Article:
Those Most Hesitant About Vaccination are More Likely to Turn to Social Media for Information
Additional Data Available Through Online Vaccine Monitor Dashboard
As vaccination efforts ramp up across the country, the KFF COVID-19 Vaccine Monitor examines where the public is getting its relevant information.
Large shares of the public report that they are getting at least a fair amount of vaccine information from television news, including cable (43%), network (41%) and local (40%) television, and from friends and family (40%). Somewhat fewer get at least a fair amount of information from social media (31%), a doctor, nurse, or other health care provider (31%) and other sources.
There are differences in people’s sources of vaccine information based on how enthusiastic they are about getting a vaccine.
Among those who say they “definitely will not” get a vaccine (13% of the public), the most-cited media source for at least a fair amount of vaccine information is social media (40%), followed by cable (37%), network (32%) and local (28%) television. Most likely, the vaccine hesitant are self-selecting social media information sources they are comfortable with.
Those who want to “wait and see” how the vaccine is working for others before getting it (31% of the public) are about equally likely to say they are getting at least a fair amount of relevant information from social media (37%) as cable (37%), network (36%) and local (41%) television.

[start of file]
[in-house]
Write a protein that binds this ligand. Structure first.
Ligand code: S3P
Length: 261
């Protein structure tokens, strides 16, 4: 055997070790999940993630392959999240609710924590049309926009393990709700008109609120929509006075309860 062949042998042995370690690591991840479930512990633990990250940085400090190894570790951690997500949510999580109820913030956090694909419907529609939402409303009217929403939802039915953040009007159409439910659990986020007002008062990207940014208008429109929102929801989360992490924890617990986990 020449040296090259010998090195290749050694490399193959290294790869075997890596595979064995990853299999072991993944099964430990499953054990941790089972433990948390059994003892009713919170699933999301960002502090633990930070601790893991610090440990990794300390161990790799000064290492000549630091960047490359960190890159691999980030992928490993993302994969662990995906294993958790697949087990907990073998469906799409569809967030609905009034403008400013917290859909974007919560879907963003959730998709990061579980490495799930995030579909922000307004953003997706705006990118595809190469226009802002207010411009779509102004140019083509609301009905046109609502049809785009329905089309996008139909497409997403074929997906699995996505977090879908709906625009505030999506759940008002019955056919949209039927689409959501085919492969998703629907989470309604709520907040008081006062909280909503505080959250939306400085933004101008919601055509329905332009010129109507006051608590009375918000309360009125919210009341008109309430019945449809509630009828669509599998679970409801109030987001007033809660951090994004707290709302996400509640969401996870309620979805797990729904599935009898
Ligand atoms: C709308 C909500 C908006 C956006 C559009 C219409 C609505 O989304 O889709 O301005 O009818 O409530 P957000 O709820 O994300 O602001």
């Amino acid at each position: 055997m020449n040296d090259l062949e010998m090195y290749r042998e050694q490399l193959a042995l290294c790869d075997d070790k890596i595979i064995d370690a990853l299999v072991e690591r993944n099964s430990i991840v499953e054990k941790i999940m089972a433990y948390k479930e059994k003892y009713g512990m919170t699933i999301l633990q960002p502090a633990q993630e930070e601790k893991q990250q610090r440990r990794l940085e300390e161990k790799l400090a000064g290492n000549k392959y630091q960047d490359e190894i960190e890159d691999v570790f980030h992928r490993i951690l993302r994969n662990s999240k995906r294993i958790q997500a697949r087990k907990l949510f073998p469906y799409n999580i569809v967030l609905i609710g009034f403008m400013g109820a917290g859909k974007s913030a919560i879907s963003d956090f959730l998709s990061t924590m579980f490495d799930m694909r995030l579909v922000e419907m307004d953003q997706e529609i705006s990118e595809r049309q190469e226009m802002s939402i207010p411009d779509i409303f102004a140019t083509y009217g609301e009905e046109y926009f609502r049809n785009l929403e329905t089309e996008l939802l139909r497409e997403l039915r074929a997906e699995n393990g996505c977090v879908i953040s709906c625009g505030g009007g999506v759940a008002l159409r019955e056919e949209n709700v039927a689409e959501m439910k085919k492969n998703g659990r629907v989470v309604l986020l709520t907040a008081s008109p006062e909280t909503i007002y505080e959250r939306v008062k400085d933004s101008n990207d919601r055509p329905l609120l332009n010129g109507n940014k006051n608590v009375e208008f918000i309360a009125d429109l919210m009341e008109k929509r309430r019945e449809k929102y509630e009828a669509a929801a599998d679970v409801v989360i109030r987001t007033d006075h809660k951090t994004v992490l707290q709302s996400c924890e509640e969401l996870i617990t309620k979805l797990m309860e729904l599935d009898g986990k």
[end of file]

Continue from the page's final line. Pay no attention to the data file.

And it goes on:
In contrast, those who want to get the vaccine as soon as they can (41% of the public) are about twice as likely to say they have gotten at least a fair amount of information about the vaccine from cable news (51%) as from social media (25%) This may in part reflect generational differences in media consumption, as older Americans on average are more enthusiastic about getting vaccinated and less likely to turn to social media for vaccine information.
Available through the Monitor’s new online dashboard, the analysis also examines sources of vaccine information by age, race and ethnicity, and urban, suburban and rural communities; by cable networks including Fox, MSNBC and CNN; and by social media platforms including Facebook and Twitter. It may be that people self-select news sources that they feel reinforce their views rather than the sources leading to those views.
The KFF COVID-19 Vaccine Monitor is an ongoing research project tracking the public’s attitudes and experiences with COVID-19 vaccinations. Using a combination of surveys and qualitative research, this project tracks the dynamic nature of public opinion as vaccine development and distribution unfold, including vaccine confidence and hesitancy, trusted messengers and messages, as well as the public’s experiences with vaccination.